Wednesday, February 22, 2017

History of loner MPs

Eric Grénier and the CBC have done an elaborate quantitative analysis to determine which MPs dissent from the party line most.  And find out what you already knew, that none of them do very often.  The "most free" of MPs votes with the leadership 87% of the time.

But they are asking the wrong questions, and encouraging the wrong behaviour.  Parliament doesn't need a bigger gaggle of cranky lone wolf individualists who will cast one lonely vote against the party consensus once in a while. There are always a few cranky egomaniacs in the House of Commons.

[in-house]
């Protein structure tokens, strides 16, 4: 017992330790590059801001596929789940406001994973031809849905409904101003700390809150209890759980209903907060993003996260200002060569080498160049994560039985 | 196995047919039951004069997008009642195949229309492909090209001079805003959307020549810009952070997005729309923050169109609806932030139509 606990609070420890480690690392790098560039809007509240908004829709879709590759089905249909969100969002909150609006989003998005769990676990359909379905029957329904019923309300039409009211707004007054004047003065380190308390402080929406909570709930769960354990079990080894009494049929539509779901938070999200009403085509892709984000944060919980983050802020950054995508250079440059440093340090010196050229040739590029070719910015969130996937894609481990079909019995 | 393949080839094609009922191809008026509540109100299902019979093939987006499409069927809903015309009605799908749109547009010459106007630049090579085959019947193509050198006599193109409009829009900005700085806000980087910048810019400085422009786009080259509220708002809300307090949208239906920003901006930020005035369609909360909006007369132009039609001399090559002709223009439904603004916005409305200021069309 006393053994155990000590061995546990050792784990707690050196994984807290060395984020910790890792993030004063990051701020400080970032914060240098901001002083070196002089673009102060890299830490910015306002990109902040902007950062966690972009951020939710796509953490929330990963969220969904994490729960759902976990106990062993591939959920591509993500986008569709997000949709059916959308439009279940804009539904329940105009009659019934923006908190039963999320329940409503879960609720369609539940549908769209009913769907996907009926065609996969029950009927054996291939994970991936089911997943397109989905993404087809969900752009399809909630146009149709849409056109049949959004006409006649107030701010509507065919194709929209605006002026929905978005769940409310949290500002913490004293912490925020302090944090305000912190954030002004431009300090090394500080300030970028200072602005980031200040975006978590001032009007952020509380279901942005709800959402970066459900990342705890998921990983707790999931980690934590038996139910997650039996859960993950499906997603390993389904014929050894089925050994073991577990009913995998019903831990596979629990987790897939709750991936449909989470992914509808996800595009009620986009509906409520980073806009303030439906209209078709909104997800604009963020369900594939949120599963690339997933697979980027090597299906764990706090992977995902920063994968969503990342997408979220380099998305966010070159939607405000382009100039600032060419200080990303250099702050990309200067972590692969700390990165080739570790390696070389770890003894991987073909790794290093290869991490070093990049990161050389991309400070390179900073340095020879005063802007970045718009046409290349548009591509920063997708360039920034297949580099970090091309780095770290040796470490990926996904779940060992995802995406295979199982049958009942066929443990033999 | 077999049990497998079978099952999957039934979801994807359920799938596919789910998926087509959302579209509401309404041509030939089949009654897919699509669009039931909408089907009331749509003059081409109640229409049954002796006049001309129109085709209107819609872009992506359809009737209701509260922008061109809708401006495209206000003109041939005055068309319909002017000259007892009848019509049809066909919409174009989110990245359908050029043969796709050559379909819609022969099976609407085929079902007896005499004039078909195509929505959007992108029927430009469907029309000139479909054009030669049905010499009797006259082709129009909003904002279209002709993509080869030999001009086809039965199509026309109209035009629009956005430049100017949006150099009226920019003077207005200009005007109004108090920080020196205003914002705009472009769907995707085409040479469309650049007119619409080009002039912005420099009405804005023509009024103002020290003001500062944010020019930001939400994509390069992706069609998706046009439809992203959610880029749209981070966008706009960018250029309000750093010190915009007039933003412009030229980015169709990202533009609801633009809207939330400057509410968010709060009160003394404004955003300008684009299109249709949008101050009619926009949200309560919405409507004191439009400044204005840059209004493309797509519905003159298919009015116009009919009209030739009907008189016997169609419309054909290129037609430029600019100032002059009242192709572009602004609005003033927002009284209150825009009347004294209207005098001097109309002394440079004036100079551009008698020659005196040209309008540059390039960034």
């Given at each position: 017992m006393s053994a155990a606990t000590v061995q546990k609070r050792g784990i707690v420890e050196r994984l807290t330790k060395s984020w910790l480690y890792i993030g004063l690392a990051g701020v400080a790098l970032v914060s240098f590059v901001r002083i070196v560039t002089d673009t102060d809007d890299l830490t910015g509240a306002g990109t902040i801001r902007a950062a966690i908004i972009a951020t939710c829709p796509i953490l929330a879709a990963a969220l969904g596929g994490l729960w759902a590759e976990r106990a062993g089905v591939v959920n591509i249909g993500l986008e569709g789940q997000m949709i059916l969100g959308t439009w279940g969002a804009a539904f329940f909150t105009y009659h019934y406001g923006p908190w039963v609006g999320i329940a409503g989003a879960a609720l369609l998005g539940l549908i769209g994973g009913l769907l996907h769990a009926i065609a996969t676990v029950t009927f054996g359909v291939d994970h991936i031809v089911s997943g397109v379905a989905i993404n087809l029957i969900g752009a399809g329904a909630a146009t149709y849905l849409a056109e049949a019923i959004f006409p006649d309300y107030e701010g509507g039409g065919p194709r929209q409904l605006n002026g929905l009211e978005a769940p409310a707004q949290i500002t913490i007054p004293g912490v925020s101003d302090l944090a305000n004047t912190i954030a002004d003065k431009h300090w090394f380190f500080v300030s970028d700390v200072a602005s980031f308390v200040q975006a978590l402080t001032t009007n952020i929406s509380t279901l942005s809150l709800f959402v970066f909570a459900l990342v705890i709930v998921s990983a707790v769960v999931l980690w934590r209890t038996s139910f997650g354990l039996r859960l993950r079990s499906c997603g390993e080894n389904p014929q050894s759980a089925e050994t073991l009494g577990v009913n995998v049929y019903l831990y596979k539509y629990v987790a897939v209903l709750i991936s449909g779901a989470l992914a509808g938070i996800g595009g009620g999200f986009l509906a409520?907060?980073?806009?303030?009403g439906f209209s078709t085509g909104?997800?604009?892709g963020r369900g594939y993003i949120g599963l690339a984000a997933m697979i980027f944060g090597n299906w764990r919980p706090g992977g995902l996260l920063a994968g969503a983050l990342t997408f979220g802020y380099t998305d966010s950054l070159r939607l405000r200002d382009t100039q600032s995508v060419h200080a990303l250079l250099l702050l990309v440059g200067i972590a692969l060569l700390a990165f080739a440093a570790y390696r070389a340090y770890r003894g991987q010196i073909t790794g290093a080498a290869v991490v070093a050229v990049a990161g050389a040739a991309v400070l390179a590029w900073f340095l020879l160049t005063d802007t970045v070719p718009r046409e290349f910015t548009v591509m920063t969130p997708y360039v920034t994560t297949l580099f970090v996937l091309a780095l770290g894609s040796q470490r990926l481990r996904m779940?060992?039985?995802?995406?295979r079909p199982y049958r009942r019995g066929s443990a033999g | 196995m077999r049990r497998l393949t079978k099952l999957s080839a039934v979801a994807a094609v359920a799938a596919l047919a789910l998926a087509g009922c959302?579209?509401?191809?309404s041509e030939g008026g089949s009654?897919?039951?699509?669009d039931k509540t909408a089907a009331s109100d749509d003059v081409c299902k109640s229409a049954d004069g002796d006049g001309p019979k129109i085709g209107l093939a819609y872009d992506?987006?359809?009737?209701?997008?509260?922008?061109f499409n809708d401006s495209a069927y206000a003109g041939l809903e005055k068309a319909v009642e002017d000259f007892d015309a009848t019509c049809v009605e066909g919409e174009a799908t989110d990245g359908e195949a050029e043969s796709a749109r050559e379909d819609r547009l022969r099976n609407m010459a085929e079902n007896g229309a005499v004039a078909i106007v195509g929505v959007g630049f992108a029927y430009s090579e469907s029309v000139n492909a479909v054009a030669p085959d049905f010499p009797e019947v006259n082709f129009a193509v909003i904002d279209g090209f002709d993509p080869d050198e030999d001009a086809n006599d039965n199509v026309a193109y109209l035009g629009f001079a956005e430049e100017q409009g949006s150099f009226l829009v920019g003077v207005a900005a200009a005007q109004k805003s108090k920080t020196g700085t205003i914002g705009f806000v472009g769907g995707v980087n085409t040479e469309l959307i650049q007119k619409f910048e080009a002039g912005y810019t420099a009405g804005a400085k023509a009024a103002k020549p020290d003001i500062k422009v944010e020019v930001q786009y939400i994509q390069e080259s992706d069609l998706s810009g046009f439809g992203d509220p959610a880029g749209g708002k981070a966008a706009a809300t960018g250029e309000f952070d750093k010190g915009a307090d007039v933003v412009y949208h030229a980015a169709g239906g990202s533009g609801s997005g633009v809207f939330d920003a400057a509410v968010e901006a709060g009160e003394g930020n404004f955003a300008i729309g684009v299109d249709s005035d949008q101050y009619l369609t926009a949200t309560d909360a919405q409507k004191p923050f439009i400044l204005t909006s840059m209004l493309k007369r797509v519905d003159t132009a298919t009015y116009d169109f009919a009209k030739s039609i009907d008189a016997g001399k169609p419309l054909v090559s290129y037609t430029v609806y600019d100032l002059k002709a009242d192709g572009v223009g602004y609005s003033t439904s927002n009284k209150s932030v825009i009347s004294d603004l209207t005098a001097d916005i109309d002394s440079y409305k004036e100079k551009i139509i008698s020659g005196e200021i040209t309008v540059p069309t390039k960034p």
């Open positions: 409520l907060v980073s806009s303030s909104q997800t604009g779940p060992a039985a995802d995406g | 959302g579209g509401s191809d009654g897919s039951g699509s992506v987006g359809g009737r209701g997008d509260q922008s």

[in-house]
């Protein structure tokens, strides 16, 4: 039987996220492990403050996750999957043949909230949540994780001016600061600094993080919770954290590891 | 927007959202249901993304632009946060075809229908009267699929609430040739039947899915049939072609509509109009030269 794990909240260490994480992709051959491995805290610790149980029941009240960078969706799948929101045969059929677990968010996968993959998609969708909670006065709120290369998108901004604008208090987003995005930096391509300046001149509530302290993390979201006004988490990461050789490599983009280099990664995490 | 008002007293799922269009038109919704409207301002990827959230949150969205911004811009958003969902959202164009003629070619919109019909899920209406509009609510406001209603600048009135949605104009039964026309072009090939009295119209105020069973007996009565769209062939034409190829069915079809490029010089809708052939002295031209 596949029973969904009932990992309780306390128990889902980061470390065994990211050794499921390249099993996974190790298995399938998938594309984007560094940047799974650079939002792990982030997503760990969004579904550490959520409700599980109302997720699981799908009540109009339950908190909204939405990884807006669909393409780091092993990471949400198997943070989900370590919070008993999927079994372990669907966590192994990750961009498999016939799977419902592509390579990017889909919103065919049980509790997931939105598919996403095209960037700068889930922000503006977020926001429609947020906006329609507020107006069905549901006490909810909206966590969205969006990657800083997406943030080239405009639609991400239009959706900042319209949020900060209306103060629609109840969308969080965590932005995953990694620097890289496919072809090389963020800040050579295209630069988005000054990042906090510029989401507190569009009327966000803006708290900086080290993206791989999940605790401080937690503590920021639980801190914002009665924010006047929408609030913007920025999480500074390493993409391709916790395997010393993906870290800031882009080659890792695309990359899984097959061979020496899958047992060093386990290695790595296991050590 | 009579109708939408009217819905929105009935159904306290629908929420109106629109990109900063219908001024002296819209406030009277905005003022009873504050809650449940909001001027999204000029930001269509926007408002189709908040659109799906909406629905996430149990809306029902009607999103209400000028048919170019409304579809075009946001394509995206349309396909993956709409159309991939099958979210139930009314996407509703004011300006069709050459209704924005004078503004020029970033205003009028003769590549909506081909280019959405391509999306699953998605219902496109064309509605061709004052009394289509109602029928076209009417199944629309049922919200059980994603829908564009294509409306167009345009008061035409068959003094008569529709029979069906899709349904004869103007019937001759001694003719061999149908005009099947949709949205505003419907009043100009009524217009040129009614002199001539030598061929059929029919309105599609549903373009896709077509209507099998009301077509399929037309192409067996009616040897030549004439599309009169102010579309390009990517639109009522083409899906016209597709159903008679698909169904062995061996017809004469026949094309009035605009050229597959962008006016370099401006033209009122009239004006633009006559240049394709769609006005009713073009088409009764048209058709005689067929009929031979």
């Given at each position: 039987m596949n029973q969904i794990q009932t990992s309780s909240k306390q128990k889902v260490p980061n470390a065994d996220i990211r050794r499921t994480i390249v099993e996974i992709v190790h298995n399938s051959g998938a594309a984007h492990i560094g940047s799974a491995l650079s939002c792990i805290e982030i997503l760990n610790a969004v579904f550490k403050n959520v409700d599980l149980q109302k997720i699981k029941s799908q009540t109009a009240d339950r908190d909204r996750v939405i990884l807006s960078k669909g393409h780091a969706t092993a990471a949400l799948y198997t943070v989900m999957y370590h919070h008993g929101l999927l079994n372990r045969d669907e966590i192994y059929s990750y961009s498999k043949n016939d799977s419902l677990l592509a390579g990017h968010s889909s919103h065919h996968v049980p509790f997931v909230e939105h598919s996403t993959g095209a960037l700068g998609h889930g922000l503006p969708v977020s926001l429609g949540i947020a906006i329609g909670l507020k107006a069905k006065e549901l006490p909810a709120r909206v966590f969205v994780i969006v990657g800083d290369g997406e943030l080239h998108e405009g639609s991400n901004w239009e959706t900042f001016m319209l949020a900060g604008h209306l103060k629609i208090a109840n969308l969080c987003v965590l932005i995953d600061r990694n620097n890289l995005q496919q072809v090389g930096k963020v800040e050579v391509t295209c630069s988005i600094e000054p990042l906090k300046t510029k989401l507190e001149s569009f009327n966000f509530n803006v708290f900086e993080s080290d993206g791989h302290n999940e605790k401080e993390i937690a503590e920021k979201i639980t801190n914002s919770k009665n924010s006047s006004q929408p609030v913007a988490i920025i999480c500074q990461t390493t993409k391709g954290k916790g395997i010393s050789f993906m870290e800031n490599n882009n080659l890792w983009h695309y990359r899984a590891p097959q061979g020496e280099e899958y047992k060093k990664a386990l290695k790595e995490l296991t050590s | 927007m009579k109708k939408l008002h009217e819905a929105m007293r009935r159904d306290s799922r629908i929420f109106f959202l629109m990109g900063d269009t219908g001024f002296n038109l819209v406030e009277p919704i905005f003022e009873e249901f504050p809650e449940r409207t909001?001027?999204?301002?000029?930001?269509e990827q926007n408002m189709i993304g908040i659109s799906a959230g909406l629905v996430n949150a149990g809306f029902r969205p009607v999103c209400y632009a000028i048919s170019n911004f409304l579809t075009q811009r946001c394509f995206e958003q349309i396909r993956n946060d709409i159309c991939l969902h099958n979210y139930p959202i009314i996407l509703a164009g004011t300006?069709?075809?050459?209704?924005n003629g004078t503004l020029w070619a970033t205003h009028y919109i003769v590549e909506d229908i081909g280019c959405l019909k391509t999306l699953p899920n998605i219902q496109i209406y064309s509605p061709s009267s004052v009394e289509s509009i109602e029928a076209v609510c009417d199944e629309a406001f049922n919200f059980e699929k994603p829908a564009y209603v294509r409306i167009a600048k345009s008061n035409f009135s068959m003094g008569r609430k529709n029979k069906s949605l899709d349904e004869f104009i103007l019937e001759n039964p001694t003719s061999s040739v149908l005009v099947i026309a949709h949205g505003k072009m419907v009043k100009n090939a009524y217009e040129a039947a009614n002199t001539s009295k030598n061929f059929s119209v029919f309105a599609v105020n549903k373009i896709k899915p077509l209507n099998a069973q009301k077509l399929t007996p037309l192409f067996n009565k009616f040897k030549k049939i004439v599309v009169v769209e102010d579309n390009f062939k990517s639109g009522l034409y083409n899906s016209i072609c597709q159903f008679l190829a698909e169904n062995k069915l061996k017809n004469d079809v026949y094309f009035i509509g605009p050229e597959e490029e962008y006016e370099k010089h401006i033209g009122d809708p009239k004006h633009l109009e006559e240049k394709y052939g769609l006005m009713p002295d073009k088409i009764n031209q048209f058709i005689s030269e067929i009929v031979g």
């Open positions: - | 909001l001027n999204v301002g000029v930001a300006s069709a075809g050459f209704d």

What parliament needs is backbenchers with influence. What Grénier's team ought to be looking for is the MP who, when the party leadership is about to do something dumb -- or evil -- can rally the caucus to stand up against the direction being given by the leader's office (or when necessary against the tenure of the leader him or herself). A backbencher who votes against a party motion is just someone who loses a vote.  A backbencher who can work a change in the party consensus? Now he or she is performing a useful service for the country.

Sadly, that sort of behaviour is not even a category that Grénier or the CBC acknowledge as existing, let alone try to measure. True, if they could and did measure, they would probably come up with a number close to zero.  But reporting it might actually start to change it.

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